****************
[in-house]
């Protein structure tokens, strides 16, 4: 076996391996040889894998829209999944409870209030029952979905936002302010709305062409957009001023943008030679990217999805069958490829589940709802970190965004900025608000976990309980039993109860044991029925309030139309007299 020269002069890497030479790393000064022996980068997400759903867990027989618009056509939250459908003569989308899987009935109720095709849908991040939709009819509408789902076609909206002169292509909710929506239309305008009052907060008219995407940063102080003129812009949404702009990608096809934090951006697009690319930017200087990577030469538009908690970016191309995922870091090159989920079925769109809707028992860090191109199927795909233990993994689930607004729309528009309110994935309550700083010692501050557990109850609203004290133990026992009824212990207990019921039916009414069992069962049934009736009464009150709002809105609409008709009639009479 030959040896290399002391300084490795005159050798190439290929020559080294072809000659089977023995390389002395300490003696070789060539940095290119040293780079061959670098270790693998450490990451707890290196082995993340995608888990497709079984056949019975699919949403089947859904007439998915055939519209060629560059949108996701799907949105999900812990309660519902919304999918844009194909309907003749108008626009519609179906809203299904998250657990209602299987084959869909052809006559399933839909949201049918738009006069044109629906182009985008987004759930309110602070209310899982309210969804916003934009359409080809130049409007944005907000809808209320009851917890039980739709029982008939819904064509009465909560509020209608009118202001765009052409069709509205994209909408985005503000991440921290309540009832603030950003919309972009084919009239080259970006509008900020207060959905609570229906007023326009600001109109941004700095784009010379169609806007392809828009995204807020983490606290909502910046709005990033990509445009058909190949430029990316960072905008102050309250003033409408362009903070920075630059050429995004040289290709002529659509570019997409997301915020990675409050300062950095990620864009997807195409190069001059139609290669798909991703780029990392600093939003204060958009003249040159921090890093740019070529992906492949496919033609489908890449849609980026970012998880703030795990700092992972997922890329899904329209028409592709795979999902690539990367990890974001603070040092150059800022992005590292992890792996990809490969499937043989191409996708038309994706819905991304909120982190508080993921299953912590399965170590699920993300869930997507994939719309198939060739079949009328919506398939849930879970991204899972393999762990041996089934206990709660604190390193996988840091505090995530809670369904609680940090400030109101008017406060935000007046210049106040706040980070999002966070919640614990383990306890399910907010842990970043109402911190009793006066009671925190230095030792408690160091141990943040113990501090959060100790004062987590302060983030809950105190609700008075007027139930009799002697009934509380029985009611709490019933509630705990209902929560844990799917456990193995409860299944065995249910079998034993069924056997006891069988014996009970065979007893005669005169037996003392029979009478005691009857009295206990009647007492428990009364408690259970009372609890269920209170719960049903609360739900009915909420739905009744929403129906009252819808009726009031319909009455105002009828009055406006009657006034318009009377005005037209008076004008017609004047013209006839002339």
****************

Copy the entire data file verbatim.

[in-house]
């Protein structure tokens, strides 16, 4: 076996391996040889894998829209999944409870209030029952979905936002302010709305062409957009001023943008030679990217999805069958490829589940709802970190965004900025608000976990309980039993109860044991029925309030139309007299 020269002069890497030479790393000064022996980068997400759903867990027989618009056509939250459908003569989308899987009935109720095709849908991040939709009819509408789902076609909206002169292509909710929506239309305008009052907060008219995407940063102080003129812009949404702009990608096809934090951006697009690319930017200087990577030469538009908690970016191309995922870091090159989920079925769109809707028992860090191109199927795909233990993994689930607004729309528009309110994935309550700083010692501050557990109850609203004290133990026992009824212990207990019921039916009414069992069962049934009736009464009150709002809105609409008709009639009479 030959040896290399002391300084490795005159050798190439290929020559080294072809000659089977023995390389002395300490003696070789060539940095290119040293780079061959670098270790693998450490990451707890290196082995993340995608888990497709079984056949019975699919949403089947859904007439998915055939519209060629560059949108996701799907949105999900812990309660519902919304999918844009194909309907003749108008626009519609179906809203299904998250657990209602299987084959869909052809006559399933839909949201049918738009006069044109629906182009985008987004759930309110602070209310899982309210969804916003934009359409080809130049409007944005907000809808209320009851917890039980739709029982008939819904064509009465909560509020209608009118202001765009052409069709509205994209909408985005503000991440921290309540009832603030950003919309972009084919009239080259970006509008900020207060959905609570229906007023326009600001109109941004700095784009010379169609806007392809828009995204807020983490606290909502910046709005990033990509445009058909190949430029990316960072905008102050309250003033409408362009903070920075630059050429995004040289290709002529659509570019997409997301915020990675409050300062950095990620864009997807195409190069001059139609290669798909991703780029990392600093939003204060958009003249040159921090890093740019070529992906492949496919033609489908890449849609980026970012998880703030795990700092992972997922890329899904329209028409592709795979999902690539990367990890974001603070040092150059800022992005590292992890792996990809490969499937043989191409996708038309994706819905991304909120982190508080993921299953912590399965170590699920993300869930997507994939719309198939060739079949009328919506398939849930879970991204899972393999762990041996089934206990709660604190390193996988840091505090995530809670369904609680940090400030109101008017406060935000007046210049106040706040980070999002966070919640614990383990306890399910907010842990970043109402911190009793006066009671925190230095030792408690160091141990943040113990501090959060100790004062987590302060983030809950105190609700008075007027139930009799002697009934509380029985009611709490019933509630705990209902929560844990799917456990193995409860299944065995249910079998034993069924056997006891069988014996009970065979007893005669005169037996003392029979009478005691009857009295206990009647007492428990009364408690259970009372609890269920209170719960049903609360739900009915909420739905009744929403129906009252819808009726009031319909009455105002009828009055406006009657006034318009009377005005037209008076004008017609004047013209006839002339």